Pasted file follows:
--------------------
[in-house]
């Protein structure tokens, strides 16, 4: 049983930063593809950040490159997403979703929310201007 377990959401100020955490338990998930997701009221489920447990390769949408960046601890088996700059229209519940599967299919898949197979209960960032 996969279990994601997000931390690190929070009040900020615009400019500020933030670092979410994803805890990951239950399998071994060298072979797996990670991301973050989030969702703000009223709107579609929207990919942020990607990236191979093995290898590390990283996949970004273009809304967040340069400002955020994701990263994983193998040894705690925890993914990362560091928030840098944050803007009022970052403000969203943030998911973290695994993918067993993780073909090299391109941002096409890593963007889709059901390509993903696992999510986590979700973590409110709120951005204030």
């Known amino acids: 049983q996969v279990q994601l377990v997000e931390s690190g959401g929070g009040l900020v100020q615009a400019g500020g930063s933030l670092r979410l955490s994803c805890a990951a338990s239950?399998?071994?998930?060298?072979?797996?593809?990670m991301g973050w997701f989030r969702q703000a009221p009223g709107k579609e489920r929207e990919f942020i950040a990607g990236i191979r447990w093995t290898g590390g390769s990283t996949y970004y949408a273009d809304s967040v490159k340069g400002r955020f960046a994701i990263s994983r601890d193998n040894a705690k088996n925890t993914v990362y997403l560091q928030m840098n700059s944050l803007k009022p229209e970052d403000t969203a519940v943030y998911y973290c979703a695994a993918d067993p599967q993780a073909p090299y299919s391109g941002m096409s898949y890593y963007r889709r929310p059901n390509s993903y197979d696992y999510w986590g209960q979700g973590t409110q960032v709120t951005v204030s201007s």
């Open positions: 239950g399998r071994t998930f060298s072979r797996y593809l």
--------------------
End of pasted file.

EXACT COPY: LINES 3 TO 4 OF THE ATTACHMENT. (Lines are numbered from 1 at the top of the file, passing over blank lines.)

């Known amino acids: 049983q996969v279990q994601l377990v997000e931390s690190g959401g929070g009040l900020v100020q615009a400019g500020g930063s933030l670092r979410l955490s994803c805890a990951a338990s239950?399998?071994?998930?060298?072979?797996?593809?990670m991301g973050w997701f989030r969702q703000a009221p009223g709107k579609e489920r929207e990919f942020i950040a990607g990236i191979r447990w093995t290898g590390g390769s990283t996949y970004y949408a273009d809304s967040v490159k340069g400002r955020f960046a994701i990263s994983r601890d193998n040894a705690k088996n925890t993914v990362y997403l560091q928030m840098n700059s944050l803007k009022p229209e970052d403000t969203a519940v943030y998911y973290c979703a695994a993918d067993p599967q993780a073909p090299y299919s391109g941002m096409s898949y890593y963007r889709r929310p059901n390509s993903y197979d696992y999510w986590g209960q979700g973590t409110q960032v709120t951005v204030s201007s």
């Open positions: 239950g399998r071994t998930f060298s072979r797996y593809l």